Pity the synchronous entertainment industry: movies, television, newspapers, radio. No, really.
Take movies (please): it's getting harder and harder to make a consistent profit by hitting the targets that used to draw audiences into theaters. Mission: Impossible III is doing fairly lackluster business (though the sheer manic insanity of Tom Cruise might have affected its receipts a smidgen), there are braindead sequels of sequels getting made right and left, there's an increasingly barefaced preachiness and liberal bent to movies and to actors these days, guaranteeing alienation of a certain portion of films' potential audiences, and on top of that home theater equipment has moved into the mainstream (62.3 million hits on Google as of this writing).
I realized this afternoon that I haven't darkened the door of a movie theater since sometime in December, 2005 (Chronicles of Narnia: The Lion, the Witch and the Wardrobe). There simply hasn't been a cinematic offering since then that's been suitably compelling. I have, however, bought about a dozen DVDs (though none for a non-Pixar movie made in the past five years), subscribed to Netflix and watched hundreds of hours of TiVo- and/or Windows Media Center Edition-recorded TV in that time.
Then there's advertising-driven TV. Between (again) DVRs (TiVo, Windows Media Center Edition, etc.), Netflix (again) and the ability to download pretty much any TV show, movie, interesting video clip or photo from the internet, ads just aren't getting watched the way they used to be. There are more product placement deals being made, more technological hurdles being placed in front of TiVo and its cohorts by the more litigious TV content producers, but the technological trend is clear here.
Newspapers? Oy. I know I haven't subscribed to one of the dirty, bulky, fire hazards since the early 1990s. Internet, internet, internet, mobile internet, mobile internet, internet funnies! It's embarrassing how poorly physical newspapers serve my needs.
Radio: there are some bright points here (conservative talk radio, subscription satellite radio), but I know I find commercials amid my songs pretty well unbearable after nearly a year with XM. I download close to a half-dozen podcasts on a quasiweekly basis (only one of which is a recording of a radio show), and pretty much every talk radio show that values its audience publishes a podcast now. Again, asynchronous media is winning, and winning big.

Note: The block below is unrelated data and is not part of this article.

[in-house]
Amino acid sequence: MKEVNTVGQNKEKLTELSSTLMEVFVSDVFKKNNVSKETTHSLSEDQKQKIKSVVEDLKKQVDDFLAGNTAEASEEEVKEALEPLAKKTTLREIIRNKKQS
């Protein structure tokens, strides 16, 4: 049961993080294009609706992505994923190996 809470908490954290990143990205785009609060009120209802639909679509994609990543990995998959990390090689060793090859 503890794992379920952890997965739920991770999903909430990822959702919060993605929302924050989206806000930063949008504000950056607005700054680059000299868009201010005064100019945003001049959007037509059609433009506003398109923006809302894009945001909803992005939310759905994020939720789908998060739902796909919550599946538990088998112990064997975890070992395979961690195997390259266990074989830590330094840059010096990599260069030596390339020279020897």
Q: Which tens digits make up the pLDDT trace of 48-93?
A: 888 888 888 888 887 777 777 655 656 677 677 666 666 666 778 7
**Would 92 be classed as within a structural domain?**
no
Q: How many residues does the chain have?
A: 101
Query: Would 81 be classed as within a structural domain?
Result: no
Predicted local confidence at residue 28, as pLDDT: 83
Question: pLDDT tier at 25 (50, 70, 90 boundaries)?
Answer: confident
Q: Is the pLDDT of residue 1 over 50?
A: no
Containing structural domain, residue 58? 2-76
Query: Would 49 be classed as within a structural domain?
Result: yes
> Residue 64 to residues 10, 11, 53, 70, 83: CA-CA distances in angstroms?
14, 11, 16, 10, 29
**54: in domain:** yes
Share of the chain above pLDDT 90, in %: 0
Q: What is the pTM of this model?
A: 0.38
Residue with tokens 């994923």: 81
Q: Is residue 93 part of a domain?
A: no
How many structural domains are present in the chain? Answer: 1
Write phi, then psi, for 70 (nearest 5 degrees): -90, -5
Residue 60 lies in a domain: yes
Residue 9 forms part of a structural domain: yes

Needing to show up or tune in at a specific time for media is so 1998.
Part of this is probably just me, and the fact that I have a beautiful woman to occupy my attention and my time, and that she and I are internet, DVD and timeshifting fools. But demographically I have to imagine that I'm not such an outlier. The coveted 18-to-35 male audience segment (which I exited only yesterday) is watching less synchronously-aired, mass-produced entertainment and occupying its time with more technologically tricksy stuff like TiVo-d media, iPods (containing everything from simple music to podcasts to video), videogames, and plain old websurfing.
Case in point: this past week I acquired a truly remarkable device: a Cingular 8125 Pocket PC, which is actually more of a smartphone than a full Pocket PC. I used to use a Palm Treo 650, and it did a decent job as a phone, camera, organizer and e-mail device, but a poor one as a web-surfing platform. Well, how bad can that be, you ask? It's a stinkin' phone! True, but now that I have a unit that excels at being a phone, a camera, an organizer and a web-surfing platform (I know, I scarcely believe it myself) I will never, ever, ever go back. Shoot, for the fun of it I streamed a Harry Potter trailer over the thing's cellular modem, and while it was hardly HDTV, it was impressive nonetheless. And it'll look positively Jurassic in a year.
Give me a flatscreen monitor and broadband connection for comfort, but the ability to get the latest news via RSS and WAP from a Panera Bread over coffee and croissants without even needing to lug a laptop around is where it's at, baby.